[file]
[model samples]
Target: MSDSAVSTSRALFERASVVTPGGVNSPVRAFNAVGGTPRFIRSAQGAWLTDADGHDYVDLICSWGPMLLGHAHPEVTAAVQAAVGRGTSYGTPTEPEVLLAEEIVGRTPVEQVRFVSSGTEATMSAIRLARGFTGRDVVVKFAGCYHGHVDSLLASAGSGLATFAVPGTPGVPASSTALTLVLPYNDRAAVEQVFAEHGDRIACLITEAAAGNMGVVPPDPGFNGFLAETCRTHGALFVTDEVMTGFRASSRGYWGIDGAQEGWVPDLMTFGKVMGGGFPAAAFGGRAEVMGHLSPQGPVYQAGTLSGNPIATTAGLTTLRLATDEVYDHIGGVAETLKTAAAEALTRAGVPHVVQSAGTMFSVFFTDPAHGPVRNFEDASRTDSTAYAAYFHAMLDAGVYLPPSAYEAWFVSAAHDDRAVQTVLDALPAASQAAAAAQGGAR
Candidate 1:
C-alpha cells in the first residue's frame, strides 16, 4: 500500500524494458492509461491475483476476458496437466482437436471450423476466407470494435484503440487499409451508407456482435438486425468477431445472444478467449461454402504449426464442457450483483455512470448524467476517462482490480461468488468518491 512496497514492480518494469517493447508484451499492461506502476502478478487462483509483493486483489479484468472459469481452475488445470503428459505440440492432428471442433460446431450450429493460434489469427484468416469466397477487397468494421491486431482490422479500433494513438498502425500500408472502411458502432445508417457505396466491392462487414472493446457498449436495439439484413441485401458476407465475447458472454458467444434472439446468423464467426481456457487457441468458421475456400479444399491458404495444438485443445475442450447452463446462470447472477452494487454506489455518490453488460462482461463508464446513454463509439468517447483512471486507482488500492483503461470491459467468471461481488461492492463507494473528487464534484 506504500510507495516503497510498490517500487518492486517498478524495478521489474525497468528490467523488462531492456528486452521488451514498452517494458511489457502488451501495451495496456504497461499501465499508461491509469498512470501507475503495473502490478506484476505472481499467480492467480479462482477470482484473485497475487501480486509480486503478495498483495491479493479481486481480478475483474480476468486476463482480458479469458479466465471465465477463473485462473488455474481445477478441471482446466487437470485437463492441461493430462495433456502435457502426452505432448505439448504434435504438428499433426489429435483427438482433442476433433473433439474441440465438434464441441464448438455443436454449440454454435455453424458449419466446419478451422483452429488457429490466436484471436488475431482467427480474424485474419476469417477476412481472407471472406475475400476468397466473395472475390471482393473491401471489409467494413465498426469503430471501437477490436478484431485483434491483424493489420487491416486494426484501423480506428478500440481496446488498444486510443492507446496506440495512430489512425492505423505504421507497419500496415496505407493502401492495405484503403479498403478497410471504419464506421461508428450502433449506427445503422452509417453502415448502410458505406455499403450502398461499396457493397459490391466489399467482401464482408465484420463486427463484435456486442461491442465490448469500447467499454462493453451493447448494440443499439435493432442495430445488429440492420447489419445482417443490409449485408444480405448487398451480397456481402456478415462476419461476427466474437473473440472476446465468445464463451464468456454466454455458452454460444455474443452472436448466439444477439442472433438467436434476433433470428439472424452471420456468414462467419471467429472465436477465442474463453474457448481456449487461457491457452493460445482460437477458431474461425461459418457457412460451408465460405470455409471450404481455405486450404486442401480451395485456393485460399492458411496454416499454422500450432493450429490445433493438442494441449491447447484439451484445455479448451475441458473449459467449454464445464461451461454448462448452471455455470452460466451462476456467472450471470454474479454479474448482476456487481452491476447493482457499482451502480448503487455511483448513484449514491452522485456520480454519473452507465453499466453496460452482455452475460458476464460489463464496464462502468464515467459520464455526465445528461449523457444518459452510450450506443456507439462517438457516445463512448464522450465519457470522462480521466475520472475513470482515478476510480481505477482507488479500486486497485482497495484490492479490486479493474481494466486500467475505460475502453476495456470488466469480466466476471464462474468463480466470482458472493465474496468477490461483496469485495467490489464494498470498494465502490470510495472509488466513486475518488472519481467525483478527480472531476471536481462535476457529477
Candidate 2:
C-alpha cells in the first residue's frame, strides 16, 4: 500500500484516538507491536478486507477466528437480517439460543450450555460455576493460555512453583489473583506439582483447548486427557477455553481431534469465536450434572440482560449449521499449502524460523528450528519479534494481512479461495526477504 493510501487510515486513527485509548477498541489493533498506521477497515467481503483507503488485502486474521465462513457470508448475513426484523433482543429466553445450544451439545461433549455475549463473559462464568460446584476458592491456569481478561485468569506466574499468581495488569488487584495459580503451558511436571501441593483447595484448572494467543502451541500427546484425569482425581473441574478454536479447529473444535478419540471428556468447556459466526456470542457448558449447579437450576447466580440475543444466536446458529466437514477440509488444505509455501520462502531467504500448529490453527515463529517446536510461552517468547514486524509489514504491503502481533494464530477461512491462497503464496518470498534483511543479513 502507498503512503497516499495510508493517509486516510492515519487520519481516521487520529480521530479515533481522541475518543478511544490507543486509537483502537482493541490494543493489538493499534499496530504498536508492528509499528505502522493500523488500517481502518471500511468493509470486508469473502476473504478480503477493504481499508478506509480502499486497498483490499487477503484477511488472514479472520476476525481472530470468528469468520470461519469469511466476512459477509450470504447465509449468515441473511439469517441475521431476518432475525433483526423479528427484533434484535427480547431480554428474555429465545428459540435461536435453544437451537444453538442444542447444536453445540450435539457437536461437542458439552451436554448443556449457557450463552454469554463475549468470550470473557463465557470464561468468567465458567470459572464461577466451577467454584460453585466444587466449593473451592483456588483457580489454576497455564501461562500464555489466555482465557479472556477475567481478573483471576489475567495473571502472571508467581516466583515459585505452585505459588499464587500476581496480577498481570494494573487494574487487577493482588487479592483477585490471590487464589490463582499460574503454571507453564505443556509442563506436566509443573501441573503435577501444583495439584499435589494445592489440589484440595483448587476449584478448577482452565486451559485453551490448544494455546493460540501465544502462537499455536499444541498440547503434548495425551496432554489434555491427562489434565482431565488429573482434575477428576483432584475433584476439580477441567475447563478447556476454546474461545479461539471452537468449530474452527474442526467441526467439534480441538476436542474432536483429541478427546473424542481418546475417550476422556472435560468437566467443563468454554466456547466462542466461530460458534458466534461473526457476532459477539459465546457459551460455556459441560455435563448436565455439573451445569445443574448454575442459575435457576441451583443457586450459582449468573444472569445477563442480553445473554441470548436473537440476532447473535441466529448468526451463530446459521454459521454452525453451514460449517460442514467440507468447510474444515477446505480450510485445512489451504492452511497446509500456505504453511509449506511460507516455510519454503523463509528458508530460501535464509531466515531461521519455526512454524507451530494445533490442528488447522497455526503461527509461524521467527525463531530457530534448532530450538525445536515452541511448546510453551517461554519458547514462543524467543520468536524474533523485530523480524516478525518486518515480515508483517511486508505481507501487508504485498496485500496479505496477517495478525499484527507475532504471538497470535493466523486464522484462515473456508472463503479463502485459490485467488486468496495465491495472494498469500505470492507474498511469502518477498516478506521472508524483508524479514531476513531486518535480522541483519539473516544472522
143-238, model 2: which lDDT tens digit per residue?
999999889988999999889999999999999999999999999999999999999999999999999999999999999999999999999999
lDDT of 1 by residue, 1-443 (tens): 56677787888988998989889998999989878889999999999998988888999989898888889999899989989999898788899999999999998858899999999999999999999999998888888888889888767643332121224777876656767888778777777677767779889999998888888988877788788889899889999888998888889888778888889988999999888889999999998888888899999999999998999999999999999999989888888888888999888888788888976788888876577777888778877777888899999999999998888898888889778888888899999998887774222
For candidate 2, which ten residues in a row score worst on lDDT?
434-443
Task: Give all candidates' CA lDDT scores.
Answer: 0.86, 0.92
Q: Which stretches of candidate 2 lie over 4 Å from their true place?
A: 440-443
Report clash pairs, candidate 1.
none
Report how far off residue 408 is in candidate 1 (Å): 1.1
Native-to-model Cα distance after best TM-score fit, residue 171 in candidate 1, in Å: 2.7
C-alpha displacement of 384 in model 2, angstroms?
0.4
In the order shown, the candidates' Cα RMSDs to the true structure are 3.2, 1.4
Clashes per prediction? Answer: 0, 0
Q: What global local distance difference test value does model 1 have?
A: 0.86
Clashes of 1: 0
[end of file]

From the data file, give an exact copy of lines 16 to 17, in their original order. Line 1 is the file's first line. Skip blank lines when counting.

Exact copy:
Report clash pairs, candidate 1.
none